Wow, what a day. We arrived at Command Decisions around 7:20 am and were somewhat surprised to see as many campers as we saw. There were a few teams who had decided to brave the cold weather, something I just couldn't bring myself to do. Most of those who had camped out were gathered around fire pits, and one team in particular seemed to be enjoying roasting an X7 Phenom?
Coming in to the event, I wasn't sure what to expect exactly. I had never visited Command Decisions before, but had heard a whole lot about it. I had high expectations for this given what I have heard about events like Fulda Gap. The scenario had some interesting twists and the rules seemed like they would be a lot of fun to play. Having three elements: Marines, Taliban, and Pashtun Mafia, it seemed like the war could be quite chaotic. I had no idea just how much that would be true.
The best part about scenarios in my opinion, is just how many people you meet, and how great everyone's attitude is. Everyone is really friendly and you can hear laughter ringing out throughout the parking lot as all the teams are getting ready for the day.
We really enjoyed getting to know a few of the teams; one particular team that stood out as great guys were the guys from Boss Company. They were really fun to cut up with before the game, and at the end of the game they were extremely generous and a couple of their members donated a gun and a large monetary sum to the military family the event was raising money for. It was extremely touching. These guys are all stand up guys.
At 9:00 am we were summoned to the main area in front of the store to go over our safety briefing. They went over the main rules and how the armies would work and what not. This was when they also announced that proceeds would be going to a particular military family and gave some background on their situation without naming them. It was a great feeling to know that our money was going to help someone who has given so much to us.
About 10:00 am the safety briefing ended and everyone was chomping at the bit to get out there and spray some paint. We got started a little late, but nothing major. There was some sense of disorganization at the start with many people not knowing exactly where to go. Our orders were to find our commander and get our mask tape to identify which army we were on. This seems simple, but with no clear indication where our commanders would be, it proved somewhat difficult.
After a slight delay the game was on. The Pashtun and Taliban were allowed to enter the field first. I, playing as a Marine, was not quite sure what to expect when we walked in to battle. Always expecting an ambush, we took a scattered formation with eyes on our flanks. Once we arrived at our assigned sector we awaited orders. It seems like we waited for eternity before some came. We were sending two people from our squad at a time to meet with other squads for special missions. The rest of our squad, clueless of what was going on, tried to take up a defensive formation along the trail that we were guarding. Eventually a couple of us found a leader on a special mission and we decided to tag along. I thought this would lead to action. It did not. We ended up spending what seemed like an hour sitting around waiting on other players to fill out our mission group. We finally got the mission from a ref, it said we had to have 10 members in the squad. We had seven. We spent another 10-15 minutes waiting on three more guys, I think our commander asked about a hundred times over the radio for guys, they never came. Finally we saw another group running by and went over to try to recruit three more. In the minutes that followed, that group kicked out a few of the guys and replaced them with their own guys, I remained. Once we got going we were about 25 minutes behind the other armies in this special mission. We finally found out that it was a mission that required 10 people from each army to try to gain control of a strategic point and hold it for 15 minutes. We finally started moving, only to get stopped again when our new leaders gun broke. We spent another 10 minutes standing around for that. In the end we arrived at our target just in time for the mission to be over. Also, to add to my dismay, I discovered we, the Marines, had forged an alliance with the Taliban. How in the world does this happen?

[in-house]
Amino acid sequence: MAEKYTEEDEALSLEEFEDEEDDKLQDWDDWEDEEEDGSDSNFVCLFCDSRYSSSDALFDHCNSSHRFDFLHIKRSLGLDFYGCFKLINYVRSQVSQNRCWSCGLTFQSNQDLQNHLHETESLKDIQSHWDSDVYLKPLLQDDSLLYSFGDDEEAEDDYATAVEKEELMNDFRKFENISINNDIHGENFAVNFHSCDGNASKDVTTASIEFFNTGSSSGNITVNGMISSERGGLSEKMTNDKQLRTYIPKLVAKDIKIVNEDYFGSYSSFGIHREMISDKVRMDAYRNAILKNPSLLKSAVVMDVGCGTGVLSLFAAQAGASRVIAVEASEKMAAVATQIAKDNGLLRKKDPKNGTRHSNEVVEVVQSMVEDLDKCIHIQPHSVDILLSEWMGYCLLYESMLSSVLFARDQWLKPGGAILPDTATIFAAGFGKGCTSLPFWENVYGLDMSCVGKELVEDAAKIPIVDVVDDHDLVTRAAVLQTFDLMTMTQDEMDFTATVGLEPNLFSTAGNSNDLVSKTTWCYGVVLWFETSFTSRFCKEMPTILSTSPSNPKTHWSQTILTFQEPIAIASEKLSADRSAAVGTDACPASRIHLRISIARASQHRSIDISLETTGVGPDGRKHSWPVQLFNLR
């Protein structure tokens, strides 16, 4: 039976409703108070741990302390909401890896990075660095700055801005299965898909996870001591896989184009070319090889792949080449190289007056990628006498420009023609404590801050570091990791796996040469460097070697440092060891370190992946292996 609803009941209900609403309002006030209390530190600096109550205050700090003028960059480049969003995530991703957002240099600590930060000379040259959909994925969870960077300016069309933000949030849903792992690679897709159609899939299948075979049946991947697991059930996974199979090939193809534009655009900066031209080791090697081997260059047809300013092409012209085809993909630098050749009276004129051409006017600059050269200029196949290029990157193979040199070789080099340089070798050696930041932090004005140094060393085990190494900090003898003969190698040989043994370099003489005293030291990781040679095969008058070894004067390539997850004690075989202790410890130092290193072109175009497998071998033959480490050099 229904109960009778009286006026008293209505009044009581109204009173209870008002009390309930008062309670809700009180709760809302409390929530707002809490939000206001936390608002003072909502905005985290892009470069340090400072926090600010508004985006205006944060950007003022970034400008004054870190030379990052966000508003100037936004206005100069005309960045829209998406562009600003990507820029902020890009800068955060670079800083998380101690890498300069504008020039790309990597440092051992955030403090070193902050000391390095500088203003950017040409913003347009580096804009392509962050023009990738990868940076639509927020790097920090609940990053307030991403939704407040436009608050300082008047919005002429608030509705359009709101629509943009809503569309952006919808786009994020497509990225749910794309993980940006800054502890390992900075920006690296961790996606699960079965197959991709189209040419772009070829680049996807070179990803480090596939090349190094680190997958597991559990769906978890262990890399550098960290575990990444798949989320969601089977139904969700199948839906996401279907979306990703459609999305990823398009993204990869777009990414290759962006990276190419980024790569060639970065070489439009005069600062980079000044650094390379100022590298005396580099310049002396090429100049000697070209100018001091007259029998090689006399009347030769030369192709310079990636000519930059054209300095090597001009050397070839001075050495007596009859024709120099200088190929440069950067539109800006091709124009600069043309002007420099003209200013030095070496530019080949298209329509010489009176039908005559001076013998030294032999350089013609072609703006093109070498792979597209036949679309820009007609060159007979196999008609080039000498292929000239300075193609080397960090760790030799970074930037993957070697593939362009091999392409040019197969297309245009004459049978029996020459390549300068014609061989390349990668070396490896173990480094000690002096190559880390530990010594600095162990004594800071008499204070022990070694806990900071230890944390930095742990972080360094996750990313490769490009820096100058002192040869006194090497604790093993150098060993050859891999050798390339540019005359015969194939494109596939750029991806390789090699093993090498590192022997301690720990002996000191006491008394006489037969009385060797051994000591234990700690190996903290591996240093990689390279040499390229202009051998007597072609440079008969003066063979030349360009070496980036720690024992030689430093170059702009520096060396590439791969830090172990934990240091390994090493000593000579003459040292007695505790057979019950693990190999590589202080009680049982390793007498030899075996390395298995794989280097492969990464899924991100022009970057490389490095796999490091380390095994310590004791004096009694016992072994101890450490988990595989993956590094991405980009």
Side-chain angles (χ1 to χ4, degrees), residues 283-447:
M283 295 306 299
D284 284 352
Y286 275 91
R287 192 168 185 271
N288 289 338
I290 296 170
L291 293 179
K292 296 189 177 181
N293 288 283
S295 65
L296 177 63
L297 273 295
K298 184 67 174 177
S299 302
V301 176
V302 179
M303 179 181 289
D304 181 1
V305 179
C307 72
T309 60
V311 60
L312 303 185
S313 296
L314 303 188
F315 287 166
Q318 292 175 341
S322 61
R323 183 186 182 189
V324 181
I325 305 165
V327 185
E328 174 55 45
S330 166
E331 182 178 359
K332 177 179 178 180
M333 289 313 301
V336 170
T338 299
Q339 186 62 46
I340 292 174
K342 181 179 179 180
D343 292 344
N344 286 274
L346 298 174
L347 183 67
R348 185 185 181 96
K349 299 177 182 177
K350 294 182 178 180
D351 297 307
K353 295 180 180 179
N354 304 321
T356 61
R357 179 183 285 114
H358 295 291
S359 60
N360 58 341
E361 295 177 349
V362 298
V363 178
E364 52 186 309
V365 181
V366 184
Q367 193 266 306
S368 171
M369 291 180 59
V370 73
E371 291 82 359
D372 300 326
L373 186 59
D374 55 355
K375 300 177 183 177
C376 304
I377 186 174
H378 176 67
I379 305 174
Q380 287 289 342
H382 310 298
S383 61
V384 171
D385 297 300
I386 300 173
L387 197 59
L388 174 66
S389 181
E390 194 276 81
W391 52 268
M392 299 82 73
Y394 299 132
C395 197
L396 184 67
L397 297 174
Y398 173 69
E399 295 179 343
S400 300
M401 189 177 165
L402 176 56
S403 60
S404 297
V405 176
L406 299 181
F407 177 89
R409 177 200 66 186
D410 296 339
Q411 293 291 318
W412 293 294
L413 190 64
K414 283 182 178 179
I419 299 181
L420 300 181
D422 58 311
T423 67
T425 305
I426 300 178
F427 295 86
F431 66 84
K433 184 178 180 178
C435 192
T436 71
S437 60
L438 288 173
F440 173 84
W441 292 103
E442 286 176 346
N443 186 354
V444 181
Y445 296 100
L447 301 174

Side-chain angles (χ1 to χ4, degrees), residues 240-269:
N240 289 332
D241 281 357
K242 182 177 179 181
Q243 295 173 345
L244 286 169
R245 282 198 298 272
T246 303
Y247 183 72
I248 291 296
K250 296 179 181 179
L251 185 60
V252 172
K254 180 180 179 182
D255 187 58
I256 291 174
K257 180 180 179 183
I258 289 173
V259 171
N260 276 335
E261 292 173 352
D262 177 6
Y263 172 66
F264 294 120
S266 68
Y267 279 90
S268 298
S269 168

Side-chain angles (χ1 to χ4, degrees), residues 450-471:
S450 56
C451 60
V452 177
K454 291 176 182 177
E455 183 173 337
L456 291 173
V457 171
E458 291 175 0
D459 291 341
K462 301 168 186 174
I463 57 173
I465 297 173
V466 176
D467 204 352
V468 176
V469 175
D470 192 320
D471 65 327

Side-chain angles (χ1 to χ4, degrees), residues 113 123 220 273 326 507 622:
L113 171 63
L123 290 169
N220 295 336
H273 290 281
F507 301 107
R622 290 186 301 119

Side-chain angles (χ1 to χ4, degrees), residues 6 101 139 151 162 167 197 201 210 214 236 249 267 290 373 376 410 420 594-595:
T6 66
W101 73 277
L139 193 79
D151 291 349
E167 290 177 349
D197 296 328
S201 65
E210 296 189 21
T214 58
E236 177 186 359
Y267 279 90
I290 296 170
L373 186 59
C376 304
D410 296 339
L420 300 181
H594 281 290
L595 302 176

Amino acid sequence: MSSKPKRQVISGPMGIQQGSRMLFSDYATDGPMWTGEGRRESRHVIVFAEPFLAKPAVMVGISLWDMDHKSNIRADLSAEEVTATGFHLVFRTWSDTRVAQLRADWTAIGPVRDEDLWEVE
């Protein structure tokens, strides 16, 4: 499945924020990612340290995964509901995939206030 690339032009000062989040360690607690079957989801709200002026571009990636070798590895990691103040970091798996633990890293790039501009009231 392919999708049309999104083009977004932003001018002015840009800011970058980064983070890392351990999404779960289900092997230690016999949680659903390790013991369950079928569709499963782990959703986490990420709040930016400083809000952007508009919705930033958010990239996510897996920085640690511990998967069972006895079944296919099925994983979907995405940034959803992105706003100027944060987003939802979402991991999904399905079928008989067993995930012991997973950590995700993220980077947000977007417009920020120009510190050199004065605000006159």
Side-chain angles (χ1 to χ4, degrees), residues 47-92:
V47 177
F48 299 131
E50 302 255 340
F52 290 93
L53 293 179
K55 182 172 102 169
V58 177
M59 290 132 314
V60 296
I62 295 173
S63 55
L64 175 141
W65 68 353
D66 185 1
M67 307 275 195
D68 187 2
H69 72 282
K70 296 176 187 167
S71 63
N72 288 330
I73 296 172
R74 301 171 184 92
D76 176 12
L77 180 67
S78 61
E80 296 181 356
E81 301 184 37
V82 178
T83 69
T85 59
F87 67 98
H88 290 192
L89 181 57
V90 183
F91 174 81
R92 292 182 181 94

To recap my morning, at this point it is about 12:00 pm and I have shot 10 paintballs. After this fiasco, we managed to get back together with our old squad. We spent about five minutes waiting for orders, which never came. Eventually about eight of us just left and marched in the direction of gunfire. I finally got to shoot someone! By the time we made contact, it was lunch time and I had discovered that the Taliban had a tank!